The Perils of Partition – The Forced Sale of Land (Part 1)
By Robert Moore, Attorney and Research Specialist, OSU Agricultural & Resource Law Program
One of the more common ways that farm families involuntarily lose farmland is through partition. Under Ohio law, any person that is a co-tenant (co-owner) of real estate has partition rights. Essentially, partition rights allow a co-tenant to force the other owners to buy them out or force the land to be sold. Partition is a harsh, but arguably necessary, right of every co-tenant of real estate. With proper planning, partition can be avoided.
Partition law is codified in Section 5307 of the Ohio Revised Code. A partition is initiated by a co-tenant filing a petition for partition with the common pleas court. A partition must be filed in the county in which the real estate is located. Any co-tenant, even one owning a small percentage of the real estate, may file the partition. The petition is very similar to filing a lawsuit and all co-tenants are served notice the petition. All defendant co-tenants are provided an opportunity to respond to the petition.
After all co-tenants have been served and had an opportunity to respond to the petition, the court will appoint a commissioner. The role of the commissioner is to essentially oversee the petition process on behalf of the court. The partition commissioner is permitted to physically divide the real estate if the property can be divided without the loss of value. Due to the unique nature of farmland and the variation within each parcel, administrators rarely will physically divide the land. Instead, the commissioner will usually decide to sell the land at auction and divide the sale proceeds among the owners. The first step in selling the land is to obtain the value of the land by appraisal.
After the value of the property is established, each party will be given an opportunity to buy the land at the appraised value. If no party wishes to purchase, the land will be ordered sold by the court. The land may be sold at sheriff’s sale but the parties usually agree to sell the land at public auction. The one issue that the feuding co-tenants can usually agree upon is that they are likely to get a better price at an advertised auction rather than a sheriff’s sale. The land must bring at least 2/3 of the appraisal price at auction. After the land is sold, the proceeds are divided among the co-tenants in proportion to ownership.
The reason that partition law is a necessity is that Ohio law provides very little guidance to co-tenants as to how to manage their co-owned real estate. For example, Ohio law implies that unanimous consent must be obtained in the management of real estate. Therefore, one co-tenant holding a minority ownership percentage can prevent the land from being leased or sold. Ohio law solves this issue by providing partition rights. Basically, the law says that if the co-tenants cannot resolve their differences, then any one of them can force sale the land and divide the proceeds. Partition is necessary because the law seeks to allow individuals to divest themselves of any asset they may own. Without partition, a person could be forced to own real estate that they may not want to own and/or do not receive financial benefit.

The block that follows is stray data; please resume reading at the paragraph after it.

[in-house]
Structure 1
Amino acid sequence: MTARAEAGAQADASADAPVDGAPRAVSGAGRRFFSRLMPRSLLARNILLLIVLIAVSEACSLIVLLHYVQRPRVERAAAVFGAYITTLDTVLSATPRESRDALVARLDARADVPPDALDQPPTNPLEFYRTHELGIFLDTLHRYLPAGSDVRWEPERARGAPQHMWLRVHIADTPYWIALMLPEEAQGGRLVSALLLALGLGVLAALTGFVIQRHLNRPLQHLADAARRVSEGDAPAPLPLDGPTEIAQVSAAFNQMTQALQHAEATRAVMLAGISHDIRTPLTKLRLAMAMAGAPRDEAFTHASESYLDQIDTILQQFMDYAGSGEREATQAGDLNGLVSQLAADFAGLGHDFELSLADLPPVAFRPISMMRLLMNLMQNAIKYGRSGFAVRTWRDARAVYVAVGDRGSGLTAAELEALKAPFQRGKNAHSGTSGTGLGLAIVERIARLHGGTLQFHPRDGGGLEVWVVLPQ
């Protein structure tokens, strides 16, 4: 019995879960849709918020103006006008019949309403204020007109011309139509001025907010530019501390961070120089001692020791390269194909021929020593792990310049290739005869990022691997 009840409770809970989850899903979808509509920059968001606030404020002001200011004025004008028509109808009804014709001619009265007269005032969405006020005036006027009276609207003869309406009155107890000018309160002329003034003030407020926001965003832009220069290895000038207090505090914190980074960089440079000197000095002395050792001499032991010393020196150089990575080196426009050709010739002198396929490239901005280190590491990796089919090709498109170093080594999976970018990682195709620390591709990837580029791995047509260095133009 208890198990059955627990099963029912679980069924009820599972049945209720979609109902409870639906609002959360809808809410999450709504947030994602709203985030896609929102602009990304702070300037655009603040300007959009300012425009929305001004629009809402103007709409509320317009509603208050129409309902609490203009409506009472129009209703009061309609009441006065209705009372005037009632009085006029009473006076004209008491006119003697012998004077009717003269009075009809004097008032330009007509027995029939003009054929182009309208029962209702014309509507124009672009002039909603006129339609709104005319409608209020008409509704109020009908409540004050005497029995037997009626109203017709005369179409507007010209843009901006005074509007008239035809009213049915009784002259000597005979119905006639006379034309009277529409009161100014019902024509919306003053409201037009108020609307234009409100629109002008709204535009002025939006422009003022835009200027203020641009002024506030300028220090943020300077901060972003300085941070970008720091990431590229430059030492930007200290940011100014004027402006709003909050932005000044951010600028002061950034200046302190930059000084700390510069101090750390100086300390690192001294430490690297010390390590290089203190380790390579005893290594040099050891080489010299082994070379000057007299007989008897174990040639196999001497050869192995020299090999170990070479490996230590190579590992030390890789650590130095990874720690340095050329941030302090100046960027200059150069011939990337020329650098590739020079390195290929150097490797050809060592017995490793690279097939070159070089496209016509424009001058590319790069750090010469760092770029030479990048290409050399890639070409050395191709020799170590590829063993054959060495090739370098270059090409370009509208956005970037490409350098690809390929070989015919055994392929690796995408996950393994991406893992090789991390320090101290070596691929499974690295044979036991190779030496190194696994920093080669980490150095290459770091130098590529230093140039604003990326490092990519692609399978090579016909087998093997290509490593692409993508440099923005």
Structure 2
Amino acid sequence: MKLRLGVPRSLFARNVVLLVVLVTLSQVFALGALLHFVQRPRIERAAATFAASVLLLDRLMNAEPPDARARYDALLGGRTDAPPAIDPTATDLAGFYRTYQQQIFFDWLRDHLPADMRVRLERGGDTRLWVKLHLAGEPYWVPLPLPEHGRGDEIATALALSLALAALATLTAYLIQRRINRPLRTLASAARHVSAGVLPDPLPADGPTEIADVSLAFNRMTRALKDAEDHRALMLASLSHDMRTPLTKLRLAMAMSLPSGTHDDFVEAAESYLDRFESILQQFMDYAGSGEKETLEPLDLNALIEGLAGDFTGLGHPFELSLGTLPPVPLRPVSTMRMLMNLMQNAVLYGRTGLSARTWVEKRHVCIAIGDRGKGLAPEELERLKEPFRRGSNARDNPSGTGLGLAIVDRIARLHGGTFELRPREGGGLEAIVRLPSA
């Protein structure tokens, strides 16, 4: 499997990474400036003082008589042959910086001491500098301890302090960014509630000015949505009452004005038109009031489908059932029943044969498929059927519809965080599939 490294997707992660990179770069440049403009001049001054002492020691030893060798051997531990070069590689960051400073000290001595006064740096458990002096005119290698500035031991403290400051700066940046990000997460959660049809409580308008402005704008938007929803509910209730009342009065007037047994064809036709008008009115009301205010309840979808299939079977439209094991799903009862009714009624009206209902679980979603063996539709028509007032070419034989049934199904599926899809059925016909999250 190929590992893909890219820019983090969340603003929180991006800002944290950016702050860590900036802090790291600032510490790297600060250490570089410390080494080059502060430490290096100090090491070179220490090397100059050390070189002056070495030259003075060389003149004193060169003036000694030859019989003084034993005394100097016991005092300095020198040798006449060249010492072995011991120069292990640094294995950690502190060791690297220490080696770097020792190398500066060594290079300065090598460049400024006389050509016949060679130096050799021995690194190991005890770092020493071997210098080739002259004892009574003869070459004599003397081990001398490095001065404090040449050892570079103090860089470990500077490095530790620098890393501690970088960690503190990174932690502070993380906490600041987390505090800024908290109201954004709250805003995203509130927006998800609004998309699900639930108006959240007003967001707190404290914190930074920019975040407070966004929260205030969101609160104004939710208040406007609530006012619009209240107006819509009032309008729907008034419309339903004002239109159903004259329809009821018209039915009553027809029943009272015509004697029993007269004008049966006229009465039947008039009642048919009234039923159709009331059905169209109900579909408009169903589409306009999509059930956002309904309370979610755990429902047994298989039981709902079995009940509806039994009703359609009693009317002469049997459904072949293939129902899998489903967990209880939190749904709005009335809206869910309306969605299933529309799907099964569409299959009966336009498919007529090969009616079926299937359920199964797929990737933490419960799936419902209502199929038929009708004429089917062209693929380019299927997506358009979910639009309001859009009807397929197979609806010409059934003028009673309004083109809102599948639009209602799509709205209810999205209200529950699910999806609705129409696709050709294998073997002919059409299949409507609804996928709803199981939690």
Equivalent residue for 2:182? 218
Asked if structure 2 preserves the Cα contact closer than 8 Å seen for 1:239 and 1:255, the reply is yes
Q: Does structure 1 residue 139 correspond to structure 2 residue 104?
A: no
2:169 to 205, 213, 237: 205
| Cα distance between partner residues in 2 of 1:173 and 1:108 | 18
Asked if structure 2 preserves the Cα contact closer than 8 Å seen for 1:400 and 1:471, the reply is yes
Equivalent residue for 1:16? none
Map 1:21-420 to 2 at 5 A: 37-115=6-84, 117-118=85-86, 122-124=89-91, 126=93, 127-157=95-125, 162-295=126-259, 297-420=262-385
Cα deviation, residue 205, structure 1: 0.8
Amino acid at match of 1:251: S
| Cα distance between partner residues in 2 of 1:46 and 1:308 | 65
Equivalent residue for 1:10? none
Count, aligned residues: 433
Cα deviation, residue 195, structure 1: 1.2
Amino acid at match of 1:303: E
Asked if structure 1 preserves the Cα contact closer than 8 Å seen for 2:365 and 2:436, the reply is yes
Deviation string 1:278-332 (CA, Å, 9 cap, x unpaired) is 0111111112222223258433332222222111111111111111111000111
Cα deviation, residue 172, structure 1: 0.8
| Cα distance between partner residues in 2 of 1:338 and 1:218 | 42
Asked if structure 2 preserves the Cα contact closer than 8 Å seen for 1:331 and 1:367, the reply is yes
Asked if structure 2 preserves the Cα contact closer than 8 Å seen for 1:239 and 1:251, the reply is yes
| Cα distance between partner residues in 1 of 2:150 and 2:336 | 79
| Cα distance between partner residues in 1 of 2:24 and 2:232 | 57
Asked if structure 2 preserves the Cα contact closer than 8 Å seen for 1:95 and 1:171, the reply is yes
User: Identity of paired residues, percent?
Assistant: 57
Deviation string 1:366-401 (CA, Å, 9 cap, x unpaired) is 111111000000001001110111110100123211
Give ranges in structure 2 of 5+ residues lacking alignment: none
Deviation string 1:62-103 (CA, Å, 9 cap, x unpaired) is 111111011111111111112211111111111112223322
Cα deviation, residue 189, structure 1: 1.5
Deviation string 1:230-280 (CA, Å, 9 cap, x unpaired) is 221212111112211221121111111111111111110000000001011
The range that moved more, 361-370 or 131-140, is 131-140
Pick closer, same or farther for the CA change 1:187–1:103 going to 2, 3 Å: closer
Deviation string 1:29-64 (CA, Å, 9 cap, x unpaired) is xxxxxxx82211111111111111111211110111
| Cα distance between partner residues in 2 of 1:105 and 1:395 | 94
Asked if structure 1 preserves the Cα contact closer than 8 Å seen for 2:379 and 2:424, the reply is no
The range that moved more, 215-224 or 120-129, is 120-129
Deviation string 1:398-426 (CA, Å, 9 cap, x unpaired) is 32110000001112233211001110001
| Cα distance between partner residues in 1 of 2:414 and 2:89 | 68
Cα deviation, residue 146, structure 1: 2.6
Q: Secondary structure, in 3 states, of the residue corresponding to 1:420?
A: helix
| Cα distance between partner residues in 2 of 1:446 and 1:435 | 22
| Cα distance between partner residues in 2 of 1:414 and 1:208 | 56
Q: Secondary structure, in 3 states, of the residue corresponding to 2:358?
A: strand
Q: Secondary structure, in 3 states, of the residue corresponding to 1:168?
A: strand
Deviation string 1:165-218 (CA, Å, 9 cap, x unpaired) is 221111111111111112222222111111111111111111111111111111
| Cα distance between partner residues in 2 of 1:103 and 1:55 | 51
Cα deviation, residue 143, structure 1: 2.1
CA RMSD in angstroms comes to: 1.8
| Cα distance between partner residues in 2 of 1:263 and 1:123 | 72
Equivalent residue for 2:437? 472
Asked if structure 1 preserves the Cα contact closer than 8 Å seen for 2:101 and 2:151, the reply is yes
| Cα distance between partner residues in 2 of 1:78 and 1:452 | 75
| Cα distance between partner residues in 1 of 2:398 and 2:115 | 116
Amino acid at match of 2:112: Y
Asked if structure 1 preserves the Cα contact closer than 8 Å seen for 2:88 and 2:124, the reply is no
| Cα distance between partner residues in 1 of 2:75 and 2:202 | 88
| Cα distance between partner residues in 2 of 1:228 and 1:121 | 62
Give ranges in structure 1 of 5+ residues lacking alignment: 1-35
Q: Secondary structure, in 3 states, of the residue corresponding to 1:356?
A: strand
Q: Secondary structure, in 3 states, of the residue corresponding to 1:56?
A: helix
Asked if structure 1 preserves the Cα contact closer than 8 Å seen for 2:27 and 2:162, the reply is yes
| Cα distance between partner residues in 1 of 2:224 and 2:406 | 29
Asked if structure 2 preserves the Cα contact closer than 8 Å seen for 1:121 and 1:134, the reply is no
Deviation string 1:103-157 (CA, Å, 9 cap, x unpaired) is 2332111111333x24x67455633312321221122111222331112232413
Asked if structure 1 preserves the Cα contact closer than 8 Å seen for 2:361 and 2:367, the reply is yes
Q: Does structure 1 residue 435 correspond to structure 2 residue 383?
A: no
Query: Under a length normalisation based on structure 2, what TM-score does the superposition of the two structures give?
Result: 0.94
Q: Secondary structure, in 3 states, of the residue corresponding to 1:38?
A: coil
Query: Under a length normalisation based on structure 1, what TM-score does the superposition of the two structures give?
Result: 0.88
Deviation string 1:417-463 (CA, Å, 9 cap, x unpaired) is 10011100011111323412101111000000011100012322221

Consider the following example. Amy, Bob and Charlie inherit a farm from their parents. Amy and Bob want to lease the land to a neighbor farmer but Charlie insists he is going to farm it. Charlie has no experience farming and Amy and Bob know it will end up in a disaster if Charlie gets his wish. Any potential tenant that Amy and Bob consider is contacted by Charlie and told the farm is not for lease. Amy and Bob get frustrated and decide to file a partition because they are tired of dealing with Charlie and do not think they will get a fair, financial benefit from the farm if Charlie is the operator. The court orders the farm sold and Amy, Bob and Charlie share the proceeds.
The risk of partition is not limited to just the initial family members who may own the land. Any future owner also has the same partition rights. Spouses, children and anyone else who may become a co-tenant can force a partition.
Using the same scenario as above, assume Amy dies. Her parents assumed that Amy’s share of the farm would go to her children (their grandchildren) but Amy never got around to doing and estate plan. So, under Ohio law, everything goes to her husband, Dale. Dale has no attachment to the farm and just sees dollar signs now that he is a 1/3 owner of the farm. Dale quickly files for partition and forces the sale of the land so that he can have money to buy the boat he has always wanted.
This example illustrates how easy it is for someone to become a co-tenant and gain partition rights. Deaths, divorces, and poor business and estate planning can allow someone to become a unexpected and unwanted co-tenant. Partition law does not care how long farmland has been in the family or how vital it is for a farming operation. Partition law treats a city lot that has been owned for a few months the same as a 1,000-acre farm that has been in the family five generations. Partition can lead to harsh results that should be avoided if possible.
With proper planning, partition can be averted. In the next installment, the various strategies to prevent partition will be discussed.
See the prior blog post “Ohio Case Illustrates the Risk of Leaving Farmland to Co-Owners” by Peggy Hall for a discussion of a Madison County case and the perils of partition.